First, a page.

Again, read Dominus for Deus in the Vulgate.

2 Th 3:4. And we have confidence concerning you in the Lord, that the things which we command you both do and will do.

We have confidence concerning you, etc. The Apostle is speaking in the present tense, and seems to be preparing his readers for the more severe counsels he will give them in verse 6. He means to say that he is relying on their good w^ill, assisted by God’s grace which is never wanting to the well-disposed, for he adds, “in the Lord,” the author of all grace.

2 Th 3:5. And the Lord direct your hearts into the charity of God and the patience of Christ.

After expressing his confidence in their good will to do all in their power, St. Paul now prays that God will make up to them whatever may be lacking on their part by moving and directing their hearts “in the charity of God, etc.” It is not certain whether there is question here of the love which God has for us and the patience of which Christ gave us an example, or of the love we have for God and the patient expectation of the coming of Christ. The latter opinion is thought to be more probable (Cajetan, Voste).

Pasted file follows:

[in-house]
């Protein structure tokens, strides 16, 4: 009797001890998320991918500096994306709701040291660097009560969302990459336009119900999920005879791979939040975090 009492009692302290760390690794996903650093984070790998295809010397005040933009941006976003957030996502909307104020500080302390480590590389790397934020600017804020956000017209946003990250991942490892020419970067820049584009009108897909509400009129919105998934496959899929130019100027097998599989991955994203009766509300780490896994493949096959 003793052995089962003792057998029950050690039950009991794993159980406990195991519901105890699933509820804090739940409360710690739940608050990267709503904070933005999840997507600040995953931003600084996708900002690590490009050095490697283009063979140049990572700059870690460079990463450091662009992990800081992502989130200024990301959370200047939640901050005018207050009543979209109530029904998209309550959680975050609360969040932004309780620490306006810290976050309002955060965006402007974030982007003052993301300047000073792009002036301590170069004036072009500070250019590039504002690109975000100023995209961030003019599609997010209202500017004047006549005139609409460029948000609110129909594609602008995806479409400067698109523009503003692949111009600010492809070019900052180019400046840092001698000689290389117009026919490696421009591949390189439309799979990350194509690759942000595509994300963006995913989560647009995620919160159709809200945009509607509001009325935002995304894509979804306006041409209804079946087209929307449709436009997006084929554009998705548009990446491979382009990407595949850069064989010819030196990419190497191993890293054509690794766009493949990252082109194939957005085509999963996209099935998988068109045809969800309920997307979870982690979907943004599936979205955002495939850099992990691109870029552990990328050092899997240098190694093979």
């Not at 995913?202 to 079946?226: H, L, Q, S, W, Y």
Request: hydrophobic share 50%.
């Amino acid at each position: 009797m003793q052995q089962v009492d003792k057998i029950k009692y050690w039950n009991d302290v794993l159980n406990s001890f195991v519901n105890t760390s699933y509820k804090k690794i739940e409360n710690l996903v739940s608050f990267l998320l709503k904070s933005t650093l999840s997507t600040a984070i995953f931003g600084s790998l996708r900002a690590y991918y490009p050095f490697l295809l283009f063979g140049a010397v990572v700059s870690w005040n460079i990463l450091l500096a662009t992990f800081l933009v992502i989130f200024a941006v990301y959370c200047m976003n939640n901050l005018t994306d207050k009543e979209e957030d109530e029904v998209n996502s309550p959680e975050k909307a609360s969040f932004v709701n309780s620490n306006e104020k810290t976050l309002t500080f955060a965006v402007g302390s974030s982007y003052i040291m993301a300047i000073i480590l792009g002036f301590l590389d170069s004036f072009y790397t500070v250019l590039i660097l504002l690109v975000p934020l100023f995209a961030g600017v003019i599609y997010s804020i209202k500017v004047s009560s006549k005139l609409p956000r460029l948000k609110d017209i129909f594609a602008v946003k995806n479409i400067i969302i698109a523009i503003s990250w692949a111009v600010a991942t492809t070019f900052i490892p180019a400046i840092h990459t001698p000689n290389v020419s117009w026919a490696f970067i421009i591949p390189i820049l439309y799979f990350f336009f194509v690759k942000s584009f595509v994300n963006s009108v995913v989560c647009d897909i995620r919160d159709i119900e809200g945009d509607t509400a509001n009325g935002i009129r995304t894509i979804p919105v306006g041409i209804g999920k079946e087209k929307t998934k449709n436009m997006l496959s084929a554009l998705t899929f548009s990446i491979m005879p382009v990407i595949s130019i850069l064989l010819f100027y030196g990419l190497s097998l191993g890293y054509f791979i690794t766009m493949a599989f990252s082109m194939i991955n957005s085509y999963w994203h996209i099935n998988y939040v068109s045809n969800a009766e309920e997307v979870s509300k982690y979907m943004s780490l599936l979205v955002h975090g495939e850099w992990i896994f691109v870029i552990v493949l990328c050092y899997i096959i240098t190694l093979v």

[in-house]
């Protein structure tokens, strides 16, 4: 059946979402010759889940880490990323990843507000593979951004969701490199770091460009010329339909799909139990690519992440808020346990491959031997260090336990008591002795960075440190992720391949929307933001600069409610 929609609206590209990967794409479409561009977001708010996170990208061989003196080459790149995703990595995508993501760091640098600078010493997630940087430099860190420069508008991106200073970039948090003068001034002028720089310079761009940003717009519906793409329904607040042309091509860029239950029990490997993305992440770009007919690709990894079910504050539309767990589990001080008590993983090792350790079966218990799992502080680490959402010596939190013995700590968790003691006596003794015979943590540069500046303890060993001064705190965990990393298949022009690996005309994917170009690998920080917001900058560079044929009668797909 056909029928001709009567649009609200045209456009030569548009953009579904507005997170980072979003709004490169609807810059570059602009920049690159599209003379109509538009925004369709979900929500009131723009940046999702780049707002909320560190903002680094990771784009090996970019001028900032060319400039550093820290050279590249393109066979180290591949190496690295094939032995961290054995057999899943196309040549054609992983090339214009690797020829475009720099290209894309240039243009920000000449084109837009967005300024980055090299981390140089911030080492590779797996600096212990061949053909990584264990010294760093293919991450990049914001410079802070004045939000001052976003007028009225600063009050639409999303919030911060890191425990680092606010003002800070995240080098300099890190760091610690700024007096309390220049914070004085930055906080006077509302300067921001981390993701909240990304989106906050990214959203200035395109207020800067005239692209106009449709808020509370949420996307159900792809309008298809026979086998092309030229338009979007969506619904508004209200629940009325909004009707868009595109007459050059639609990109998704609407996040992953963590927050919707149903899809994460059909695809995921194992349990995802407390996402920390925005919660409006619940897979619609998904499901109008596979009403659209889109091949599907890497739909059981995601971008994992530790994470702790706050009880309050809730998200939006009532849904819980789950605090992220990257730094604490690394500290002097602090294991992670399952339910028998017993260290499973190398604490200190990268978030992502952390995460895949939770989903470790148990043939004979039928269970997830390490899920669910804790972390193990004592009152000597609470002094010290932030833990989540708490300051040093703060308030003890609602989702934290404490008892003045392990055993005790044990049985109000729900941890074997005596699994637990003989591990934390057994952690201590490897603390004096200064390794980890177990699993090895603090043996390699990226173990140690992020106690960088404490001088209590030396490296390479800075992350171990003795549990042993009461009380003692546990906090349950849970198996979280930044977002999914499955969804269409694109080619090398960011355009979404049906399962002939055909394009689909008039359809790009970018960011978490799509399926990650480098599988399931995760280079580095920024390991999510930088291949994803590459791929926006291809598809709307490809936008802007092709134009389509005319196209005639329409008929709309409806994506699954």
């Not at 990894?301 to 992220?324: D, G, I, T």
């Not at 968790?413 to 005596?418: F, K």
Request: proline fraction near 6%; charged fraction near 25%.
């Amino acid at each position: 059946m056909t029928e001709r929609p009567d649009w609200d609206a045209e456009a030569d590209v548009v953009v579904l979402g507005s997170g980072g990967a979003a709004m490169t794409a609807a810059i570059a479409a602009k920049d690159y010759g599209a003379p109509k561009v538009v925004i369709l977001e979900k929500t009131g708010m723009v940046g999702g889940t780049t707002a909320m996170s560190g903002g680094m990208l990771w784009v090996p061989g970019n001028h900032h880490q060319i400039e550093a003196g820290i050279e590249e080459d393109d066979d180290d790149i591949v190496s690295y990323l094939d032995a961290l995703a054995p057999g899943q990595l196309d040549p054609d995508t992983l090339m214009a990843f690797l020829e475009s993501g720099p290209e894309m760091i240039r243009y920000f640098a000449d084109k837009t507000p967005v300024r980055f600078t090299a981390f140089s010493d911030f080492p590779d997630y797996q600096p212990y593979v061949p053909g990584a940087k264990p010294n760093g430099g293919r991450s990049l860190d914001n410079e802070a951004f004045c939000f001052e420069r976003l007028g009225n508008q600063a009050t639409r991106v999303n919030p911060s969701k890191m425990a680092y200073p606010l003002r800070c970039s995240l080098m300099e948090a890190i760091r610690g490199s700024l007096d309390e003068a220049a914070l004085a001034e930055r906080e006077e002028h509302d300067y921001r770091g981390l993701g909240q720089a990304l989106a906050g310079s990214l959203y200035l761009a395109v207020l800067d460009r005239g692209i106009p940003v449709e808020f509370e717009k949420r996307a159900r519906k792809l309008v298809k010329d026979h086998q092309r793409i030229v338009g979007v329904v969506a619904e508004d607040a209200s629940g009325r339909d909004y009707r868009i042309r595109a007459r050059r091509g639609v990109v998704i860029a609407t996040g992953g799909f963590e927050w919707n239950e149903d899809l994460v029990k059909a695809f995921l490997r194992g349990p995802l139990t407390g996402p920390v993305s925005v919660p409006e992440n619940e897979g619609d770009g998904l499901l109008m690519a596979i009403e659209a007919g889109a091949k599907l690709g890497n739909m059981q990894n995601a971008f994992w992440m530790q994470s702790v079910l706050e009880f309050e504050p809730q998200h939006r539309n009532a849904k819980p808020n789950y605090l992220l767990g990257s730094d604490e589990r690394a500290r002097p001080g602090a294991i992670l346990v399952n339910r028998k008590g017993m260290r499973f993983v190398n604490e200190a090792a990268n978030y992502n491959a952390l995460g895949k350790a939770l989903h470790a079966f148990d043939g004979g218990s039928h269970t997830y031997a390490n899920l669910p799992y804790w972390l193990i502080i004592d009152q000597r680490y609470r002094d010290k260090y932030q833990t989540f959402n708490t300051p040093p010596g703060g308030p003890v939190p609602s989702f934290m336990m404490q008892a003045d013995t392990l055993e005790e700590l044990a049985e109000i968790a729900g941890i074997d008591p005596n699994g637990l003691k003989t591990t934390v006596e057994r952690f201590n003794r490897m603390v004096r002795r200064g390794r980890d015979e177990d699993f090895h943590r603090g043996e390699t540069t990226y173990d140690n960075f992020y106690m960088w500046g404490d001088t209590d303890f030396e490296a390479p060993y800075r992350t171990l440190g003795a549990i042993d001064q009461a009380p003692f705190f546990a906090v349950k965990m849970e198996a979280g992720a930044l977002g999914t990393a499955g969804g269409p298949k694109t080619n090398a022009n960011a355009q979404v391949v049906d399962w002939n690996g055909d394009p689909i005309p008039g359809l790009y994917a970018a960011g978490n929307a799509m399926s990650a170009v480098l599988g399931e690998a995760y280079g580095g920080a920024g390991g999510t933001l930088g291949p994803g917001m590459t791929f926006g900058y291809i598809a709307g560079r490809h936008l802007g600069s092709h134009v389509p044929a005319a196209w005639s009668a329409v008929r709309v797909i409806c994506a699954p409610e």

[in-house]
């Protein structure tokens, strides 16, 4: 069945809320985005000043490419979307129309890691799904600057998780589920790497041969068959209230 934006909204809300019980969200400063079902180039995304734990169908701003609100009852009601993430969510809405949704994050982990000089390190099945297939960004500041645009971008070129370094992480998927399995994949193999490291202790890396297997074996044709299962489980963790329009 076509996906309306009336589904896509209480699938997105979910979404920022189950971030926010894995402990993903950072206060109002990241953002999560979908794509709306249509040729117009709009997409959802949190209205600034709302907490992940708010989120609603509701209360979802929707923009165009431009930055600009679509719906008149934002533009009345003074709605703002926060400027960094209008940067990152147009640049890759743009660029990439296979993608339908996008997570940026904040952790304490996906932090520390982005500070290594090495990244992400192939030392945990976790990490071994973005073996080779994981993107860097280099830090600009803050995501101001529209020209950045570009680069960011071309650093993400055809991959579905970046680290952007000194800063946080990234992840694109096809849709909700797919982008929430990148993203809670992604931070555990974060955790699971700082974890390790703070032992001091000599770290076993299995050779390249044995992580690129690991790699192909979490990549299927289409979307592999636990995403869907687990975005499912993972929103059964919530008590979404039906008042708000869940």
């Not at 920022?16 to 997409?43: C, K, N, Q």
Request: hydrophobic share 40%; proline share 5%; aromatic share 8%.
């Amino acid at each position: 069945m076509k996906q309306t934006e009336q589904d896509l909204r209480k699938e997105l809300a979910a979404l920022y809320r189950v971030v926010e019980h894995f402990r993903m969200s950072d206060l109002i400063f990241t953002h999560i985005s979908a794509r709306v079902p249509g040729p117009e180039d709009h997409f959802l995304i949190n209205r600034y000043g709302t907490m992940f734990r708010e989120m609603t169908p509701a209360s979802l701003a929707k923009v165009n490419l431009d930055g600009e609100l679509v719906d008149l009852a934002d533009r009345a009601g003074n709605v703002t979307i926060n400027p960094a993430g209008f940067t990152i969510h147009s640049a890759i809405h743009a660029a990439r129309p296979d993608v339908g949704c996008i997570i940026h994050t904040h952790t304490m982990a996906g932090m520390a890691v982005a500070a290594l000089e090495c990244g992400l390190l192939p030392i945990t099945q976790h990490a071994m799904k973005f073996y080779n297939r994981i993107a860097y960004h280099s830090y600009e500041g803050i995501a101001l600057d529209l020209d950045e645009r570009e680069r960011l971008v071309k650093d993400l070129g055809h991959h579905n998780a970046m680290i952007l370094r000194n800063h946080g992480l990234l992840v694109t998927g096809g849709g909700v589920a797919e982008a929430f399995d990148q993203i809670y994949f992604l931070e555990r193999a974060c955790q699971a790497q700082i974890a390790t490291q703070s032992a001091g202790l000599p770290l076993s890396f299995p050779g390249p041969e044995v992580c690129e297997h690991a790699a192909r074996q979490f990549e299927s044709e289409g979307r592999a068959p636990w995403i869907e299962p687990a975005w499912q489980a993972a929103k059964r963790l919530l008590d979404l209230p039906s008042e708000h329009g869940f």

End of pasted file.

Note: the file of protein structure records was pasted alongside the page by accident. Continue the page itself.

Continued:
In charitate et patientia of the Vulgate should be in charitatem et patientiam, according to the Greek.

CORRECTION FOR DISORDERLY MEMBERS, AND EXHORTATION
TO THE LOYAL

A Summary of 2 Thessalonians 3:6-15~Idleness at Thessalonica on the part of many who were looking for the early arrival of the Parousia had become worse since the reception of 1 Thess. These disturbers are now more sternly rebuked by the Apostles, with an appeal to their own example, who worked for their own living while preaching the Gospel (2 Th 3:6-12). After rebuking the disorderly and troublesome, the Apostles address the good members, encouraging them to perseverance in works of faith and asking them to avoid the disobedient (2 Th 3:13-15).

2 Th 3:6. And we charge you, brethren, in the name of the Lord Jesus Christ, that you withdraw yourselves from every brother walking disorderly, and not according to the tradition which they received of us.